COVID-19: a turning point |
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COVID-19: a turning point

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By Khan Abdul Haseeb | | Updated: Jan 29, 2022

[Pakistan] Khan Abdul Haseeb, Nanchang University

Khan Abdul Haseeb works in the lab. [Photo provided to]

The year 2020 came the same as the previous New Year in my memory. This was my fourth year in China. As usual, with the arrival of the New Year, I have an unspeakable sense of excitement to celebrate the Chinese Spring Festival. I can clearly feel happiness, excitement and joy in the air. You can feel the festive atmosphere without being reminded by others.

As in previous years, a semester came to an end, all the exams were over, and everyone prepared to return home for the Chinese New Year. Occasionally I heard news about the spread of unknown viruses in Wuhan, but such news can’t stop everyone from going home on such an important festival as the Spring Festival. I clearly remember that on the night of January 21, I met my mentor, who was to return to his hometown. “Take care of yourself and take care of the laboratory, bye,” he said to me.

Then the last my lab mate left the laboratory for home, leaving me alone in the school and at the lab. That night, none of us knew what would happen next. I put together a collection of movies, TV dramas and books I had no time to watch over the past half a year. I was ready to take a week off and enjoy the holidays after a busy semester. What we didn’t know is that plans can’t keep up with the change.

On January 23rd, the central government decided to lock down Wuhan and other cities in Hubei Province. That day, the world as we know it changed and hit the people living in China. China, which is my second home, was facing one of the toughest tests in its history.

A brand-new coronavirus was spreading among the population, people were dying because of it. No one seemed to know what was going to happen next, and the situation became complicated. Quarantines and other measures were quickly put in place, and people were asked not to leave their homes if not necessary. This was an extraordinary and unprecedented situation.

It was unthinkable to demand people to do this when it was almost New Year’s Eve. For many people who worked and studied abroad, this was the only opportunity of the year for them to return home and reunite with their family. However, people chose to react the government’s call and stay home without being nervous. The excitement I felt in the air turned into a heart-wrenching silence, a silence of the unknown, full of anxiety and stress.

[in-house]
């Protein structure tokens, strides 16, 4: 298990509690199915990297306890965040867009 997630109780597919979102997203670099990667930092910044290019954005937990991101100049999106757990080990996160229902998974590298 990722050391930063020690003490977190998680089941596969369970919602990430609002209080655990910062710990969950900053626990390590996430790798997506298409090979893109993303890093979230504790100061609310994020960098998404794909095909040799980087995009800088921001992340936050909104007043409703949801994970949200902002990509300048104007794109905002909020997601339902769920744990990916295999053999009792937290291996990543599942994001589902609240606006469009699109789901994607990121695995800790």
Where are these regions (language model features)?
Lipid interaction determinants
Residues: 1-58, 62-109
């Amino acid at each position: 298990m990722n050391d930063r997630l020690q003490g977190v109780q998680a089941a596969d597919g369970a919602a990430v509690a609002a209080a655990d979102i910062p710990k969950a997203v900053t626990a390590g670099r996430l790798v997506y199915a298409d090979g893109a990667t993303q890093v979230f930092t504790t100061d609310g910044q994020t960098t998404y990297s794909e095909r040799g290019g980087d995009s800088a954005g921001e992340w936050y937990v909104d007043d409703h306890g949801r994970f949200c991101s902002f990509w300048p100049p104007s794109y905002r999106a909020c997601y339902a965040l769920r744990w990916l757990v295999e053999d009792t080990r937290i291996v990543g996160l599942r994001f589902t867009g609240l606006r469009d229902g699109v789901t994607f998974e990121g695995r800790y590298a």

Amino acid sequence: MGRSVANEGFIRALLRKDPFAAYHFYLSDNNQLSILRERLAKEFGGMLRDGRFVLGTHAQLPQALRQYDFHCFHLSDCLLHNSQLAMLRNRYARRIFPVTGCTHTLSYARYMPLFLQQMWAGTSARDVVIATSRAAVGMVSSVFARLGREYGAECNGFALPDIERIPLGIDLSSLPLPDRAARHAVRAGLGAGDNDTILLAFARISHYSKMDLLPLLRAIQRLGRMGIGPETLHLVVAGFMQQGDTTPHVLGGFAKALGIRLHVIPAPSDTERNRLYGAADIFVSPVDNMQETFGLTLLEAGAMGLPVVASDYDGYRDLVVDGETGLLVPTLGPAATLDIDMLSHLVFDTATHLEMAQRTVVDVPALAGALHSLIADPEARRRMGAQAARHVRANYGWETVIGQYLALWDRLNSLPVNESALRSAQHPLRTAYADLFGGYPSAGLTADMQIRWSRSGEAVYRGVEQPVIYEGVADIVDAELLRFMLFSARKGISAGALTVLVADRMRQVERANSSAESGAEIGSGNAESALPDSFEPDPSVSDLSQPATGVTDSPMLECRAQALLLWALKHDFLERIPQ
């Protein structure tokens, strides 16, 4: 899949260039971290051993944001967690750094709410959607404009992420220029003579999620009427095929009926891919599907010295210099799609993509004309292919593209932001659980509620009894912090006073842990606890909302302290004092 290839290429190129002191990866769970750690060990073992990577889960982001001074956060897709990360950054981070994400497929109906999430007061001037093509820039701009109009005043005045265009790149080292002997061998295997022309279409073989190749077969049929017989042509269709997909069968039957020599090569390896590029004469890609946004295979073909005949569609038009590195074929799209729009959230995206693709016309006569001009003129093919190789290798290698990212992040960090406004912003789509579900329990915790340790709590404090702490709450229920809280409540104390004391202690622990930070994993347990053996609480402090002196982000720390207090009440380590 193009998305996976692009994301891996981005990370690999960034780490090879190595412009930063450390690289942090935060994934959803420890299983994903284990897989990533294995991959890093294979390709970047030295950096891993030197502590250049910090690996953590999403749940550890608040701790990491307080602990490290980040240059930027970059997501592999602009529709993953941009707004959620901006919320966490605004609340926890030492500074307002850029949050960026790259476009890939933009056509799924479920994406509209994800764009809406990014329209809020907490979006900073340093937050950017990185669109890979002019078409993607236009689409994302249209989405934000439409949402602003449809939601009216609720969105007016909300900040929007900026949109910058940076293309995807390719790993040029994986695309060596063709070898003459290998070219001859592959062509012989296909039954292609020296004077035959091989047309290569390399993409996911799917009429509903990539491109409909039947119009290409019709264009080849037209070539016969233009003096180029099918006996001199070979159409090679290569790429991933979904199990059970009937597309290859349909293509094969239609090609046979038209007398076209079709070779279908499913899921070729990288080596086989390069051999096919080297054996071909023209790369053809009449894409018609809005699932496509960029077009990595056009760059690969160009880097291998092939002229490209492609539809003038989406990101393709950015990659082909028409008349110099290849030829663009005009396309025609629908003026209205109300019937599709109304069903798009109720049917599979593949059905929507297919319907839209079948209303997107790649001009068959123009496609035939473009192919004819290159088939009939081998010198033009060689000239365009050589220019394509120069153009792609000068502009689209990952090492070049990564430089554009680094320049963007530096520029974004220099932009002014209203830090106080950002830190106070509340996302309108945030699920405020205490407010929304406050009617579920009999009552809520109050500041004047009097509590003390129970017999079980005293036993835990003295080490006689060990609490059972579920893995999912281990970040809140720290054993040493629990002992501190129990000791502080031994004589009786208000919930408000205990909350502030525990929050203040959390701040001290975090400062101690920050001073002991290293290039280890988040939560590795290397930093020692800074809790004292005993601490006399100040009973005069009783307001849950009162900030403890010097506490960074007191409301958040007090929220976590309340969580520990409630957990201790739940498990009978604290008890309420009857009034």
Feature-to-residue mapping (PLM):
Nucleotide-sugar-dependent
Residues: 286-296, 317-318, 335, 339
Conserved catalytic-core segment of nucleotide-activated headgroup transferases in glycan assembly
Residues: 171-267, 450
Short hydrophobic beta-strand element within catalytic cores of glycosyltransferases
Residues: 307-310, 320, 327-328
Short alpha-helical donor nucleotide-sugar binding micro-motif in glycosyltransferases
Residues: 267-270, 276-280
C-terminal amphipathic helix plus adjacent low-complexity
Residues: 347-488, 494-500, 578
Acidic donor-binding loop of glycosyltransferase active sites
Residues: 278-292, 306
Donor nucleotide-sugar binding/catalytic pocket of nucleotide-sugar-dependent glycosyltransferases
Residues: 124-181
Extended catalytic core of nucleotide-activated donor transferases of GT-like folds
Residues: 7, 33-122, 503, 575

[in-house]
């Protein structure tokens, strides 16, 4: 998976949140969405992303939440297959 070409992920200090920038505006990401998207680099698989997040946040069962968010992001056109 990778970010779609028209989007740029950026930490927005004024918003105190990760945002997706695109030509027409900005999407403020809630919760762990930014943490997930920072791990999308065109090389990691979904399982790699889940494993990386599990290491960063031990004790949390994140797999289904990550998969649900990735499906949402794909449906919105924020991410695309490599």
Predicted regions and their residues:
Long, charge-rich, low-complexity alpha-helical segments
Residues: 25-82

Since ancient times, humans have lived together, worked together and formed an interdependent society. Yet no one was prepared for the COVID-19 pandemic, and no one could have predicted its influence. In the early days, the economic impact of the pandemic could not have been predicted, but its culture shock was already daunting.

In the future, we will live in a bright society that embraces artificial intelligence (AI), machine learning (ML) and computer vision (CV) to help us reshape our lives. With the help of sensory devices, we can monitor events beyond human capabilities. With the assistance of CV and AI, we don’t need to manually monitor who is sneezing, who is coughing, who is touching their face, who is working without protective gear.

It will be a future where great things can be accomplished without people taking risks, and the pandemic gives us a glimpse into such a future in China.

Khan Abdul Haseeb attends the graduation ceremony. [Photo provided to]

After the outbreak of the pandemic in China, Baidu Research Institute, a leader in AI research and development, open-sourced its LinearFold – a linear-time AI algorithm – to disease prevention and control centers, genetic testing organizations and research institutions around globe.

It reduced the time for predictive analysis of the RNA secondary structure of neo-coronavirus from 55 minutes to 27 seconds. Qihoo 360, a leading Chinese internet company, released its “Big Data Migration Map” in February, which users can access from their cell phones or computers to view migration trends in Chinese mainland from January 1, helping communities and local governments implement preventive and defensive measures.

Wing Chain Technology launched the nation’s first blockchain epidemic monitoring platform, which can track the incidence of new cases in each province in real time and upload relevant epidemic data for tracking. Alibaba’s Dharma Institute developed an AI algorithm for detecting neo-coronary pneumonia that can read 300-400 films in 20-30 seconds with an accuracy rate of 96%, while it takes an experienced doctor about 5-15 minutes to read one.

The system was used in more than 160 hospitals in China during the outbreak, scanning more than 260,000 clinical cases. In addition, Beijing-based startup Infervision developed a software that can detect pneumonia associated with respiratory diseases such as COVID-19 in less than 50 seconds by using CT slices. More than 76,000 suspected cases have been screened at 45 hospitals nationwide. AI plays a role in public places with high traffic and mobility, such as subway stations and train stations.